aniela Dufour was born on 6 July 2001. She grew up in Paris and was by no means predestined to go into watchmaking. “I wanted to be a ballerina or an astronaut,” she laughs, “just like any normal little girl.” Then her parents met in Paris, at the Belles Montres exhibition in the Louvre (a now defunct watch exhibition in Paris). And her love story with watchmaking began.
“We moved to Switzerland in 2007 and that’s when I started to get interested. My father spent hours, whole days, in his workshop. That whetted my curiosity. I wanted to see what he did there. I heard him being interviewed” she confides. “The question of a successor kept coming back and he never replied. That’s when the idea occurred to me. I wanted there to be a continuation of what my father was creating.”
At the age of 12, she told him she wanted to be a watchmaker. Contrary to all expectations, he was almost angry. He was madly opposed to the idea! “It’s a very difficult profession, very closed, especially for a woman,” she was told. Yet that did nothing to dampen her wish, or her determination.
At the end of her compulsory schooling, she took up the subject again and told him it was what she wanted to do more than anything. This time, he listened and encouraged her to take the entrance exams for various schools and apprenticeships. She was accepted at the École Technique de la Vallée de Joux vocational school at Le Sentier – the very same school attended by her illustrious father! She did her four years and obtained her watchmaking diploma in her own right.
But she came out with mixed feelings. “I’m a woman, and what’s more of mixed race, the youngest in the school,” she remembers, “besides which I’m my father’s daughter. Every time I did something well, it was because my father helped me, every time I made a mistake, it was because of everything else. It was tough to put up with, but it galvanised me into working even harder.”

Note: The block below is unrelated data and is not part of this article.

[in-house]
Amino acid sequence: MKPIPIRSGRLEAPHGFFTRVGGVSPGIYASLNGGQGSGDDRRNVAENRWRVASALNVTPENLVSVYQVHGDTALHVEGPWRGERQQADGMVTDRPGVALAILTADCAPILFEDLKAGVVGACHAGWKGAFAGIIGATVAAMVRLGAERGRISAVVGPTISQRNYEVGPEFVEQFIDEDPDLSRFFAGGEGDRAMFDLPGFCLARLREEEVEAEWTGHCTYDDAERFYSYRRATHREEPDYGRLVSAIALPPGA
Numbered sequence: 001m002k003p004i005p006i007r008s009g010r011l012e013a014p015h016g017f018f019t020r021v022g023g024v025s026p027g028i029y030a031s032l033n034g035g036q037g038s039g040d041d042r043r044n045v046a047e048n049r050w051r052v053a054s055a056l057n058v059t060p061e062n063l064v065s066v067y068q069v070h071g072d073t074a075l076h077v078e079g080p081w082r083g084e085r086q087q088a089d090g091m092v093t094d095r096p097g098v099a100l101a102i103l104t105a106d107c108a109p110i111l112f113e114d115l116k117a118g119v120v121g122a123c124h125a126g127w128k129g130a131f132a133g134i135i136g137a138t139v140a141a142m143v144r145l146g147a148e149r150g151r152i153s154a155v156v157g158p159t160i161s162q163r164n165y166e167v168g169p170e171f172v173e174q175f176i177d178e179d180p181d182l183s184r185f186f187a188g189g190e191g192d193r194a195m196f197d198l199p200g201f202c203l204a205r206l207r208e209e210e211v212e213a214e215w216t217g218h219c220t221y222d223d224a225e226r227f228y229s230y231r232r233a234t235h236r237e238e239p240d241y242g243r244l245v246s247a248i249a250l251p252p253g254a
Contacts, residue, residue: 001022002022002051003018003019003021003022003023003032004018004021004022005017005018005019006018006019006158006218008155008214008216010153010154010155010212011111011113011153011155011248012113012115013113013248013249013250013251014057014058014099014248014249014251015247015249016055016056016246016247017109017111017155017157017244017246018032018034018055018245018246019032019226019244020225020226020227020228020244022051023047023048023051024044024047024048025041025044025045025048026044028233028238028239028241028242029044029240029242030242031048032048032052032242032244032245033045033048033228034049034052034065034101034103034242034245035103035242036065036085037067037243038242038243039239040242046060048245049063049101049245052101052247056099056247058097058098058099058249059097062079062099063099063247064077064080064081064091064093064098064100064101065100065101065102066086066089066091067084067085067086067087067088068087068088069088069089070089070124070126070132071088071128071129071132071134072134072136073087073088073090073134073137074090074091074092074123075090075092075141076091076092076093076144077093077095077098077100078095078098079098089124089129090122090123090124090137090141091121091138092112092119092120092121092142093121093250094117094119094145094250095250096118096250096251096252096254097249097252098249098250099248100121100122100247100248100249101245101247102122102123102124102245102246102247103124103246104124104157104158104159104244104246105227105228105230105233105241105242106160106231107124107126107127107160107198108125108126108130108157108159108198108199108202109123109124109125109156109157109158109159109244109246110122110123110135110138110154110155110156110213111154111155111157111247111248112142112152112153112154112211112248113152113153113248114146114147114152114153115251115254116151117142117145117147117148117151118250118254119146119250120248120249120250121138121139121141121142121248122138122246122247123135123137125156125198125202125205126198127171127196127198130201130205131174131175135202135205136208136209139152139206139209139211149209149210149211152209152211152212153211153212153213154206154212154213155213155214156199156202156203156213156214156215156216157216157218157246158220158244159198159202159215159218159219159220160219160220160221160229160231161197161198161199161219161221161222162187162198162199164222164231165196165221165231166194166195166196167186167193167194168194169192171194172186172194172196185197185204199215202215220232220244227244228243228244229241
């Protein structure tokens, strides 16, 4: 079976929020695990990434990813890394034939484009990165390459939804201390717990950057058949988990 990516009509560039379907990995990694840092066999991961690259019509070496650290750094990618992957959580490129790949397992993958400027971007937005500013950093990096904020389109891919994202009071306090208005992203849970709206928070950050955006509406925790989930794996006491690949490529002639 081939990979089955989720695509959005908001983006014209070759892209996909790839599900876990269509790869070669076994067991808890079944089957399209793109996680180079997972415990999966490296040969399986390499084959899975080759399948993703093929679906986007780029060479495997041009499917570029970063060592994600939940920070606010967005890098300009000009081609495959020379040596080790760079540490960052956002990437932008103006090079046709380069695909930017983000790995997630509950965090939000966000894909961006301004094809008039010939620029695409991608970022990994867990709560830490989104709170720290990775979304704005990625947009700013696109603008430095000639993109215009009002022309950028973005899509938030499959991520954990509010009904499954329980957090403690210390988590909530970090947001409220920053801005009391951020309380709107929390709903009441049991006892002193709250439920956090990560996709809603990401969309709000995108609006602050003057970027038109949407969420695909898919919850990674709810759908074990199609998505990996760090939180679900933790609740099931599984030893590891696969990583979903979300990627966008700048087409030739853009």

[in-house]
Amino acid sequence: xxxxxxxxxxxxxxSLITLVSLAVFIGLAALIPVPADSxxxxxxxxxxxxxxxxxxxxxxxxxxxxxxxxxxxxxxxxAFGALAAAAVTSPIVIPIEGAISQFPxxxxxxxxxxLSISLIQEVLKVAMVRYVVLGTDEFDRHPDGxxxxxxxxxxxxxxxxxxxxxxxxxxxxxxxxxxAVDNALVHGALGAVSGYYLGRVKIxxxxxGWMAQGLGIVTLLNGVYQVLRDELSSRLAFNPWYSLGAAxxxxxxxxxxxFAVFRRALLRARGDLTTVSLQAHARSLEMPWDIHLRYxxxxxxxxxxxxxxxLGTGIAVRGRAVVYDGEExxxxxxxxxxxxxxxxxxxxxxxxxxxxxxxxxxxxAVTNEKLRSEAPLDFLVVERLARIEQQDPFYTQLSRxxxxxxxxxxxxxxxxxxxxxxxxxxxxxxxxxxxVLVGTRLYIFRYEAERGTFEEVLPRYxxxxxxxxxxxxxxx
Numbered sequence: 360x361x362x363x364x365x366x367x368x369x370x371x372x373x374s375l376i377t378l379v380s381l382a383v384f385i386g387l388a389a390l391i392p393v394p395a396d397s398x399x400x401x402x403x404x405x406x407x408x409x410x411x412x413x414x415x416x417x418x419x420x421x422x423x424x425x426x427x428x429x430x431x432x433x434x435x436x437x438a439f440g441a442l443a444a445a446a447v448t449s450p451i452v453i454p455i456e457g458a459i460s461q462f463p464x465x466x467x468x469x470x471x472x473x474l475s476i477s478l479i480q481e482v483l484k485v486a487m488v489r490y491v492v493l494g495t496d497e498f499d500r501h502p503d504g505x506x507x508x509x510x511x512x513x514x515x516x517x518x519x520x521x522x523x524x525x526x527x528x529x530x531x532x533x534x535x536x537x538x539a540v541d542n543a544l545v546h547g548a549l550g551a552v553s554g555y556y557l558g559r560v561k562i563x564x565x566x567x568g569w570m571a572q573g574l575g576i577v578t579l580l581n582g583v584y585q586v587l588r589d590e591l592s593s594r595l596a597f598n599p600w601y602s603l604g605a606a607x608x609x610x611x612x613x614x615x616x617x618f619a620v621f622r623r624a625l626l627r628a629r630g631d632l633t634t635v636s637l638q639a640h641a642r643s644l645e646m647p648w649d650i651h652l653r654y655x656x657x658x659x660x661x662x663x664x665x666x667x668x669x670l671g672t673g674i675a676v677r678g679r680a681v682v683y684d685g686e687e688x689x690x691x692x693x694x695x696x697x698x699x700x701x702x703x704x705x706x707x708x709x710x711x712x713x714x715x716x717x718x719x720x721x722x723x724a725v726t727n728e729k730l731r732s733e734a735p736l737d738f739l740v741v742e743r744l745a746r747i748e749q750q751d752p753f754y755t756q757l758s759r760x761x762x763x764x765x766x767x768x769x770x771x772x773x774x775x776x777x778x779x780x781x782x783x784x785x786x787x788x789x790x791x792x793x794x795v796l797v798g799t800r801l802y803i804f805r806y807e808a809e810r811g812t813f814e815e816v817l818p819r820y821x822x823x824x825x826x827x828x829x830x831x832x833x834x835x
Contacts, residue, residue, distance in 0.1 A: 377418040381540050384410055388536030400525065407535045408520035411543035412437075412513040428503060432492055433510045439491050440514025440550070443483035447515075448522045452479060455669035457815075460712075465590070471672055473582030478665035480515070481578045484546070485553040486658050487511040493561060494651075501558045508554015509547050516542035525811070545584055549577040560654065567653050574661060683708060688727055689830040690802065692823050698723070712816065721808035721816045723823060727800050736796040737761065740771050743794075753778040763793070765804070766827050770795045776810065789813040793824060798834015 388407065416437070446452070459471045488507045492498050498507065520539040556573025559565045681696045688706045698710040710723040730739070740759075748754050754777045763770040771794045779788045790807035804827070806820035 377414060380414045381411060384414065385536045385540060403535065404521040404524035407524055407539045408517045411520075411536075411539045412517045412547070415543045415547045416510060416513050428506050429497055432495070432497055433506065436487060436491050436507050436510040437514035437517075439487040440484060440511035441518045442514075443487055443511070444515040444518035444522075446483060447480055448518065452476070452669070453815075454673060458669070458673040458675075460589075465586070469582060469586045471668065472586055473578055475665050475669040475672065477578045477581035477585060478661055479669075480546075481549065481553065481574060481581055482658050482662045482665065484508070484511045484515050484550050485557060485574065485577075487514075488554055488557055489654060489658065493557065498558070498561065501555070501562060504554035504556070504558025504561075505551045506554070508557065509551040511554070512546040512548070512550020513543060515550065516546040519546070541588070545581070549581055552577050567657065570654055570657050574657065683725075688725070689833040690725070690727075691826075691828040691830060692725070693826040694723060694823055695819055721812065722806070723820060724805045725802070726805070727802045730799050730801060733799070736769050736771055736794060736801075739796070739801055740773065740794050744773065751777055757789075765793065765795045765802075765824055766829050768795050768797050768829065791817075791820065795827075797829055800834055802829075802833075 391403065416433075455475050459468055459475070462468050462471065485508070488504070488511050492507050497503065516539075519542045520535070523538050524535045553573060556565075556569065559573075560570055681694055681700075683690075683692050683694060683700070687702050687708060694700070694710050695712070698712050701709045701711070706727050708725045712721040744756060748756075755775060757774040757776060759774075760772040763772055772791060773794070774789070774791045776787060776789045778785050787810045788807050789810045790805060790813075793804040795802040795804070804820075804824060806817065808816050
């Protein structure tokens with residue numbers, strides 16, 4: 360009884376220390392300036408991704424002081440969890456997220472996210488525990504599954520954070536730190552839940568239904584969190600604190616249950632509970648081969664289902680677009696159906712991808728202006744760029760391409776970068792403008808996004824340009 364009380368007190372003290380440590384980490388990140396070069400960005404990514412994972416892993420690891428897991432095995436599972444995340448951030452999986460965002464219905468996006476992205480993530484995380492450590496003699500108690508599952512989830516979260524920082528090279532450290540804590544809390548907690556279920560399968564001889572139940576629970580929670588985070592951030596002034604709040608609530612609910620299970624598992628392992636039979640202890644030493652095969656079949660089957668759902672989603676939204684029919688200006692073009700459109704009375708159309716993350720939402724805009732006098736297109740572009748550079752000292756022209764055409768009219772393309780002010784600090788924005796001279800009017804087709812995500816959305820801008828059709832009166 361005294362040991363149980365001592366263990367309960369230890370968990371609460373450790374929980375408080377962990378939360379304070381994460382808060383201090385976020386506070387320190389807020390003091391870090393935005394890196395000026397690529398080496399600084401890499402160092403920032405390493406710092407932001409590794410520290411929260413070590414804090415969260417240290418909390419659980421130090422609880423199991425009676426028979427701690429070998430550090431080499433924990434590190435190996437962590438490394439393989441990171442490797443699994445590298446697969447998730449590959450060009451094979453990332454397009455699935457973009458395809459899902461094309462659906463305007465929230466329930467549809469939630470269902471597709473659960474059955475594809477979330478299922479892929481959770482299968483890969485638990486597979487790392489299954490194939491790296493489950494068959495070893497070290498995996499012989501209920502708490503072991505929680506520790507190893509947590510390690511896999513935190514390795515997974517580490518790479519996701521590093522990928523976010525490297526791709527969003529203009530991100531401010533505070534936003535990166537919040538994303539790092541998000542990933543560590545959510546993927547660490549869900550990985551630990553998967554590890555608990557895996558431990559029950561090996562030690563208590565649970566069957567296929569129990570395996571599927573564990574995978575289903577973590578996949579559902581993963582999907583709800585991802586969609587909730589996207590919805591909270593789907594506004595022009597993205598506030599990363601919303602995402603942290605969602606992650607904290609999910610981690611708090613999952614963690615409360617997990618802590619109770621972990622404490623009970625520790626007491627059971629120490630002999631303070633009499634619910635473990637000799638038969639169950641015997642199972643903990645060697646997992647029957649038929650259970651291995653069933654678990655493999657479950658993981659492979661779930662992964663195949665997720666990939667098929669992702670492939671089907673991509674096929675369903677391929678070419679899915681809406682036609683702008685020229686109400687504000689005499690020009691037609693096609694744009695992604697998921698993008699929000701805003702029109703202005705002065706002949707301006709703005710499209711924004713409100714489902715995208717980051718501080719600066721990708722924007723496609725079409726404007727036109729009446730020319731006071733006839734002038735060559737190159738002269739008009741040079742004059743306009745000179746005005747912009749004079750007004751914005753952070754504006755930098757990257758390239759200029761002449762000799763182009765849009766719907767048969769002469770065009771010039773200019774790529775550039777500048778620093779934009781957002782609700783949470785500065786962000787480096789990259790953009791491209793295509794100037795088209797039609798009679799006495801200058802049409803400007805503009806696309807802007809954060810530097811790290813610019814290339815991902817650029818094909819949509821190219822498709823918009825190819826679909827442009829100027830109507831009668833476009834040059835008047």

The school taught her the basics of the watchmaker’s art – and her father the secrets of excellence. “Some aspects of watchmaking, chamfering for example, I learned from my father,” she confirms: He was always there if I had a question, to help me understand better.”
So: is such a legendary name a burden or a springboard for a young woman? “It’s an advantage, for sure,” says the young watchmaker without any hesitation. “I love what he embodies, and the fact that he gives hope to the younger generations. It also meant more than 30 years of relentless, hard work, alone. People were jealous, of course, but you prove yourself through your work.” And what work! To complete her watchmaking apprenticeship, Daniela Dufour made her Simplicity watch from A to Z and signed it at 12 o’clock with her initials, DD. “That one I’ll treasure. It stands for everything I learned from my father!”
Since 2021 she has worked with her father in his workshop, making watches from start to finish – “as befits an all-round watchmaker”, the illustrious watchmaker likes to remind her.
So how is she finding this new experience of being a member of the GPHG Academy? “For me, it’s a consecration for which I’m extremely grateful. The GPHG is a celebration of watchmaking, its hidden diversity, the innovation it stands for, the talent it reveals. Playing a part in spreading the watchmaking word is an honour. And that encourages me to surpass myself in my work. I can’t wait to find out the winners. There’s so much creativity this year.”
About the GPHG Academy
The Grand Prix d’Horlogerie de Genève (GPHG) Academywas established in 2020. Its 840-plus members are men and women who believe in the common destiny of watchmaking. Experienced and respected stakeholders in key sectors relating to the watch industry, Academy members preselect the watches that will compete in the Grand Prix d’Horlogerie de Genève and, alongside the Jury, vote for the year’s winners.